The Six Versions Of Jason Voorhees We Almost Saw In 'Freddy vs Jason'
Jason X, but were wondering if the long in development Freddy vs Jason would finally get it's long overdue debut on the big screen. Immediately after Jason X was released in theaters in April 2002, Freddy vs Jason was finally given the go ahead with a script by fans of both franchises, Mark Swift and Damian Shannon.
The film's box office success catapulted New Line Cinema and parent company Warner Bros. to begin anew with both Jason Voorhees and Freddy Krueger properties. However, before all of that success happened, the road to getting Jason and Freddy together on the big screen was painful and an almost seemed impossible. We have all heard the stories in Crystal Lake Memories the book and documentary, but now author Dustin McNeill is bringing the fans the whole truth behind the development hell of the horror team up with his book Slash Of The Titans.
Dustin recently contacted us to promote the book and offered up some very interesting tidbits about the direction New Line was willing to take the Jason character in order to have him face off against Freddy Kreuger.
Six Alternate Jason’s We Almost Saw in FvsJ
Of the ten official screenplays considered for Freddy vs Jason, more than half would try to re-tool the hockey-masked titan for his fight against the Springwood Slasher. Some writers attempted to change his appearance while others tweaked his characterization. Collected here are six alternate takes on Crystal Lake’s most famous son we almost saw in Freddy vs Jason.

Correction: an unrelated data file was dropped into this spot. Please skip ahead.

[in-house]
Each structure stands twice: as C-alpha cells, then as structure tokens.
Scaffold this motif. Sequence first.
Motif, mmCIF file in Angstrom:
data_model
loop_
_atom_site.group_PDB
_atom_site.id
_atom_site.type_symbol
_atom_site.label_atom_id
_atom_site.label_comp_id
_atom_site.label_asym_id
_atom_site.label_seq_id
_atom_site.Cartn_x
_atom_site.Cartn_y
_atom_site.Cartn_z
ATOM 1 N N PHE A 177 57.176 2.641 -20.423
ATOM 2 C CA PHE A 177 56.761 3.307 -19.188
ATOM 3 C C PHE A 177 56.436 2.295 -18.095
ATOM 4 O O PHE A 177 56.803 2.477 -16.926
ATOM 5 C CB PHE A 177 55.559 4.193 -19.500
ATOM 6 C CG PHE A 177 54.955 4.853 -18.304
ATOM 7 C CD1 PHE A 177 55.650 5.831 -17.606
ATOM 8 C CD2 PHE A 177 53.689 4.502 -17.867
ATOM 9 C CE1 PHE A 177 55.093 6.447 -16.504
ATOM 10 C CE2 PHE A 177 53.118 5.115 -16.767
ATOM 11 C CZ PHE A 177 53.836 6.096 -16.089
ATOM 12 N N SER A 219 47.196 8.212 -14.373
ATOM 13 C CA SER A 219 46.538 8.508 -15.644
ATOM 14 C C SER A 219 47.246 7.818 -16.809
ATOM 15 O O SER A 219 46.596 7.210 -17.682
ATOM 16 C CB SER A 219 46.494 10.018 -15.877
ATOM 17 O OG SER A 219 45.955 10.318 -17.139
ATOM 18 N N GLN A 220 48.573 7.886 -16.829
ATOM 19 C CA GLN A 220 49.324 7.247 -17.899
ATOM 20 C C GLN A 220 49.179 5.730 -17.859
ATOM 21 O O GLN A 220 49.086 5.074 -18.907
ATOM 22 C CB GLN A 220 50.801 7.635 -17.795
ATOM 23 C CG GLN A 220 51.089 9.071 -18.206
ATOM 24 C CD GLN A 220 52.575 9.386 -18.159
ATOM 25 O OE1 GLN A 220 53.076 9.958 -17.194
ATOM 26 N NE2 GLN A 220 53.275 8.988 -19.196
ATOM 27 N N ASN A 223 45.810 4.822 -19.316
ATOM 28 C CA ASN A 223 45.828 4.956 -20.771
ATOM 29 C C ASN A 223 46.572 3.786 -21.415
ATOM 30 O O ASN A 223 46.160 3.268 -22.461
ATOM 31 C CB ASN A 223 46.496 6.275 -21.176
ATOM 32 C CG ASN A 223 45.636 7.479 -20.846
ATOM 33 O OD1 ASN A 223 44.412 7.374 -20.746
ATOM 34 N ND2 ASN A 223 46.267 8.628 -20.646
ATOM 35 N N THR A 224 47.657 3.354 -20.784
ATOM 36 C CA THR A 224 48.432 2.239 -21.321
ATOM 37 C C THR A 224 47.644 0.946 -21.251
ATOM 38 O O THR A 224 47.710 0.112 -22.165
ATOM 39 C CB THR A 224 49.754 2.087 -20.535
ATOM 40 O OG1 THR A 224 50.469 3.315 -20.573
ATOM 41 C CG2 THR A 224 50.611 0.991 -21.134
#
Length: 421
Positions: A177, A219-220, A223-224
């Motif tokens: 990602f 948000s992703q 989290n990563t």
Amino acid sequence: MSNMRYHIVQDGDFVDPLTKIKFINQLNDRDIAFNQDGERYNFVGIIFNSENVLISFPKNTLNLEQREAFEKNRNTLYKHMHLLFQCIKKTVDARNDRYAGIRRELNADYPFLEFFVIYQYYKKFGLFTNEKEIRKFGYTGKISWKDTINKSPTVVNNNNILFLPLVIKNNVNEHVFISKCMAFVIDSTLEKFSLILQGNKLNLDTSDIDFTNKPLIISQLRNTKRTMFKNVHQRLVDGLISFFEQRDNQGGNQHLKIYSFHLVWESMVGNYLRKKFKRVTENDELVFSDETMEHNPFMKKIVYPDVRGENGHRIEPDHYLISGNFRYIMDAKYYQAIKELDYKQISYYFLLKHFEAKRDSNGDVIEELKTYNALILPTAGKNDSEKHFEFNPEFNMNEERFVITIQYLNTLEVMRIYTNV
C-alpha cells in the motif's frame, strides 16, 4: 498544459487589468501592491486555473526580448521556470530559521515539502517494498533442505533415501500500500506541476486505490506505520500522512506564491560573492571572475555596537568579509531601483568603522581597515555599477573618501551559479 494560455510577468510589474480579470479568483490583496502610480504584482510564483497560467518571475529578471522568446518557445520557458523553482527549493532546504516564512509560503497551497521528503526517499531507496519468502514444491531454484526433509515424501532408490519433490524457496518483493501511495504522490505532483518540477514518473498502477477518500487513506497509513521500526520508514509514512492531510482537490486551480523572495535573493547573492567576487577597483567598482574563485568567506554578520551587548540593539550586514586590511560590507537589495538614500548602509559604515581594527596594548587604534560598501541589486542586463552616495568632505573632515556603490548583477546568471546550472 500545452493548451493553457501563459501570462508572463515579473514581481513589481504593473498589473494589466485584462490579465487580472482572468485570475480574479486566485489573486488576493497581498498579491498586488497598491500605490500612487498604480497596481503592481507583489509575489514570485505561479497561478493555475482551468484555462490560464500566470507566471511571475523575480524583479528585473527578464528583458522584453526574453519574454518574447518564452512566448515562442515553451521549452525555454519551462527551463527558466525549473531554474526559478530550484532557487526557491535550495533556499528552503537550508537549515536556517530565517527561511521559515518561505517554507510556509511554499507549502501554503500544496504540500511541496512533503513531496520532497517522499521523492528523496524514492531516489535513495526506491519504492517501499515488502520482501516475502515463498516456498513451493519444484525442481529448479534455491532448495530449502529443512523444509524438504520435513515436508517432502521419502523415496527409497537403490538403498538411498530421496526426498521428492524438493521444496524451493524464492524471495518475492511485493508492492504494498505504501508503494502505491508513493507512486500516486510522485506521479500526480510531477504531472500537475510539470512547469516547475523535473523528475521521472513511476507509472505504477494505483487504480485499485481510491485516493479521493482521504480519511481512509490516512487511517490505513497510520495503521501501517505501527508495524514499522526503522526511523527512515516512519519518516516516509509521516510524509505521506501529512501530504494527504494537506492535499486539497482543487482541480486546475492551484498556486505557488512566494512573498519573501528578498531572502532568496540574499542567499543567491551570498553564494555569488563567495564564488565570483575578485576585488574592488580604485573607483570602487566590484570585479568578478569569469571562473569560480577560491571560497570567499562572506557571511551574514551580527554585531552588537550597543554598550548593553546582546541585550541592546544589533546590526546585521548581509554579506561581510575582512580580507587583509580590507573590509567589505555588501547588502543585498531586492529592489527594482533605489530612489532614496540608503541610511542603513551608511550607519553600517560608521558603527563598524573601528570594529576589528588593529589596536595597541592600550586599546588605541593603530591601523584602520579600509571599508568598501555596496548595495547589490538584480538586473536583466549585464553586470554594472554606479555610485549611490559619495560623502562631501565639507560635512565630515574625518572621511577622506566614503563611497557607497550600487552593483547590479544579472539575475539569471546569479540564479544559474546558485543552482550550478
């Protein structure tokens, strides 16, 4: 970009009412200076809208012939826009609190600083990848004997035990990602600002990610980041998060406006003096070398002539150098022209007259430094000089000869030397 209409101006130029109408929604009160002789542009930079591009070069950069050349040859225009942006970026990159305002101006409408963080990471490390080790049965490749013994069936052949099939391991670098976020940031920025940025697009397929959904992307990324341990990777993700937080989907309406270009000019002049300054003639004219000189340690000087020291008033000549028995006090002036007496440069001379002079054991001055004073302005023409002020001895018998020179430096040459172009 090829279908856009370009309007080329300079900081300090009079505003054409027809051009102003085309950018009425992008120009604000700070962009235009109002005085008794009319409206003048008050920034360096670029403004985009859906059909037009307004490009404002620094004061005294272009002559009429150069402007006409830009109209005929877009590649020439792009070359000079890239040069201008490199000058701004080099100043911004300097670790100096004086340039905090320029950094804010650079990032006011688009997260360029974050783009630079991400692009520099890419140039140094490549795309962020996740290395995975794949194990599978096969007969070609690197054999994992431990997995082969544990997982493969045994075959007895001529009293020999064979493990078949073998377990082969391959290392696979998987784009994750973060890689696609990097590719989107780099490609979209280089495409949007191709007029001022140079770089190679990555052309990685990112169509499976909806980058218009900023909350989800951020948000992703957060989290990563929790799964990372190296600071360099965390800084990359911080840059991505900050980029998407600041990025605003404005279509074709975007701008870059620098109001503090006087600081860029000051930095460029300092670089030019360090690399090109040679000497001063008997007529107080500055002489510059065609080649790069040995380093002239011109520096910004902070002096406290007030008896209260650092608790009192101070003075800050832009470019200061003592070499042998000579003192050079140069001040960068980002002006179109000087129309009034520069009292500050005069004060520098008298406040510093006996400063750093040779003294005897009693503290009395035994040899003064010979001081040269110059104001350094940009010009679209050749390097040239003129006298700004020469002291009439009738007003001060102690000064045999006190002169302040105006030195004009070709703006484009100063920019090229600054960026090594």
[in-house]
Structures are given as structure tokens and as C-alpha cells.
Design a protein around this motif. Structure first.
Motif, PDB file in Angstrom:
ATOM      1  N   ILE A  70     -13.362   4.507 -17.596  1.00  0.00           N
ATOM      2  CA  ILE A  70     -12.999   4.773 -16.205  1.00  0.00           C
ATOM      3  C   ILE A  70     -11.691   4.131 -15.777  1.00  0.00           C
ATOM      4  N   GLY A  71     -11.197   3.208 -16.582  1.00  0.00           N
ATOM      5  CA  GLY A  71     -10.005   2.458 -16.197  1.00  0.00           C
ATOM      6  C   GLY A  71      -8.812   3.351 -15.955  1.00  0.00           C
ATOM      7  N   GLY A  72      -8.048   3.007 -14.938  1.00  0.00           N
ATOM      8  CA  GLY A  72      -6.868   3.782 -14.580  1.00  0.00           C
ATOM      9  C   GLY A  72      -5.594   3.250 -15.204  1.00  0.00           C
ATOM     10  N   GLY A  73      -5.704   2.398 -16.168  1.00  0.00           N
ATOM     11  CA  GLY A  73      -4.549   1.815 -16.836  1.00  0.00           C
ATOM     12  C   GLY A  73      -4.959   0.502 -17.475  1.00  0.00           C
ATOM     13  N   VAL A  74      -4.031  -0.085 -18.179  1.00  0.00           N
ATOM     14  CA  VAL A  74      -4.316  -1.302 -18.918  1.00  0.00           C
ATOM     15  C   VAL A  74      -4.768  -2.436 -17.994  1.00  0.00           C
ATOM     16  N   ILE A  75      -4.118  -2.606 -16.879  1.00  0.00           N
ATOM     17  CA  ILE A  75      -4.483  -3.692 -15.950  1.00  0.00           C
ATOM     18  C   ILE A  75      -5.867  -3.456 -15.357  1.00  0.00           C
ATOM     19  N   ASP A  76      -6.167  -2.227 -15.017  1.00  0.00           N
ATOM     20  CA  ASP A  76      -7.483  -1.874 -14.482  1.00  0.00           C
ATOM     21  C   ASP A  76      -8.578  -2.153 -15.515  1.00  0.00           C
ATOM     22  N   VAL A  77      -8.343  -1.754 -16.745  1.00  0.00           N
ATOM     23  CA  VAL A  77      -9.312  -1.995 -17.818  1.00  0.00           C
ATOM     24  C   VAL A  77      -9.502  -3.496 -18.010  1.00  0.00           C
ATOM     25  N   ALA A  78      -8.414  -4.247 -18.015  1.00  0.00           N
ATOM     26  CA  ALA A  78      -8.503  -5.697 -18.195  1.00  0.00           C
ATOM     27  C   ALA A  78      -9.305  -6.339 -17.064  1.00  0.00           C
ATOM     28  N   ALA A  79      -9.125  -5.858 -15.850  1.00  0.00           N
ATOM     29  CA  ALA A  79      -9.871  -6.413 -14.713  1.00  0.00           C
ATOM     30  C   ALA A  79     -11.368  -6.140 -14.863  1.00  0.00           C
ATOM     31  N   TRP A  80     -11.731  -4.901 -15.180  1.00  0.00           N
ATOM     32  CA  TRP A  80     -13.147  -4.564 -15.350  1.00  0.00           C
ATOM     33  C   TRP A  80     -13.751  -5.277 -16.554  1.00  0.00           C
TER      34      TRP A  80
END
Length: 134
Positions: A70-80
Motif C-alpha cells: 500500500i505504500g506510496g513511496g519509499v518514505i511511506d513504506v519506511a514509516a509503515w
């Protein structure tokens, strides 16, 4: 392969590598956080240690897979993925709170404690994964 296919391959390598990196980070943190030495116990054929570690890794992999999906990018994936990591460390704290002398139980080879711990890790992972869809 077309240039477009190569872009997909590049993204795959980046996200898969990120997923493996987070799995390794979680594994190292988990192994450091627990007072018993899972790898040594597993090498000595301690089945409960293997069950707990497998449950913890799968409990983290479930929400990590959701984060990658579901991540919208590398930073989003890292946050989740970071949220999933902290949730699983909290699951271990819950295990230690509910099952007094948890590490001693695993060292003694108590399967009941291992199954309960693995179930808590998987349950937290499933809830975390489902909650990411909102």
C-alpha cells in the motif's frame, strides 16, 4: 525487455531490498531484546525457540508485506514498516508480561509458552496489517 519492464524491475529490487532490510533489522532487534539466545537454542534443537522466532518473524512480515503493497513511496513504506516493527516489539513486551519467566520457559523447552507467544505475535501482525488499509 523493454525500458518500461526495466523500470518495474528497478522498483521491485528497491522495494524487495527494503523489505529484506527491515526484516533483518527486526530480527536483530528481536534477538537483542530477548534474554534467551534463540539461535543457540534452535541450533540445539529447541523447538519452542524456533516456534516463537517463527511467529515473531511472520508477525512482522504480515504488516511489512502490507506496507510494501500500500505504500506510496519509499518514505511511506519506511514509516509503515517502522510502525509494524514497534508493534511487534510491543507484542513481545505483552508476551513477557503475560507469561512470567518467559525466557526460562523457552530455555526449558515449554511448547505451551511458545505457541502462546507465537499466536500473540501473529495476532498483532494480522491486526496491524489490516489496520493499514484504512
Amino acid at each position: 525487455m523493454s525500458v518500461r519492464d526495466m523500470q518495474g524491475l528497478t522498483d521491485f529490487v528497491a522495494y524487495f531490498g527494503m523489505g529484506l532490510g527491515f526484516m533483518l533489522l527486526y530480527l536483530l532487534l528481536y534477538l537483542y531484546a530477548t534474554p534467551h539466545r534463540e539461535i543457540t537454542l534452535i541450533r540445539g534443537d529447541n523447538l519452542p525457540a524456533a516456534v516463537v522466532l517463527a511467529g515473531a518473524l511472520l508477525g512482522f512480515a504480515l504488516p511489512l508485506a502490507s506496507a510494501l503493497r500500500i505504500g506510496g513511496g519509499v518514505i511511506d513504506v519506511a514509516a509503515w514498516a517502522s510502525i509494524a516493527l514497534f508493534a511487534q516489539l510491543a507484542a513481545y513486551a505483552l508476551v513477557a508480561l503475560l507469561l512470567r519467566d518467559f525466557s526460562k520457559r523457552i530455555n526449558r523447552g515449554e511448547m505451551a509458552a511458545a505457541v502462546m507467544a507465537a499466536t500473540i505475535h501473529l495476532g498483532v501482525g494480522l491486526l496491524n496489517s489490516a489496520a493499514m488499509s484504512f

Phantom of the Opera Jason
In this draft, the teenagers are running around Camp Crystal Lake high on a powerful dream drug. One boy encounters Jason, whom he dismisses as a hallucination. He taunts the hulking slasher, even pulling back his mask to reveal the grisly visage beneath. This is enough to scare the kid into thinking he may not be dreaming. The script reads: “Todd is finally taken over the edge. He's not sure whether this is a dream or not. All he knows is it scares the living shit out of him! He lets go of the hockey mask. It rockets back toward Jason's face, propelled by its elastic band, and -- CRACK! Pieces of the old mask shatter away on impact, leaving Jason's most grotesque features exposed.”
(From Freddy vs Jason ‘98)
This draft takes the Wes Craven’s New Nightmare approach by unfolding in our reality where the Friday the 13th movies actually exist as movies. The story then focuses upon the REAL Jason Voorhees, whom we’ve never actually seen before. The differences are immediately noticeable. For one, his mother died of ovarian cancer in 1969 having never killed any counselors. This means the earliest murders at Camp Crystal Lake were strictly Jason’s. This slasher is also quite human. As the script notes, “This is not the hideously deformed mutant seen in the other Jason movies, but a real man. He's no less frightening,
however, and he bears the scars of countless fights and wounds.”
(From Freddy vs Jason ‘94)
Jason X’s Uber-Jason
The finale for this draft takes place inside the Elm Street Shopping Mall where Freddy is causing “waking nightmares.” As Human Jason passes by the mall’s cineplex, he notices a standee advertising a fictitious Friday the 13th sequel called JASON 2010. This display, which depicts a futuristic robo-Jason with glowing red eyes, suddenly comes to life and attacks the real slasher. This results in a bloody Jason vs Uber-Jason showdown. Noel Cunningham later revealed in Peter M. Bracke’s Crystal Lake Memories that the concept of a futuristic Jason originated with this unused crossover script.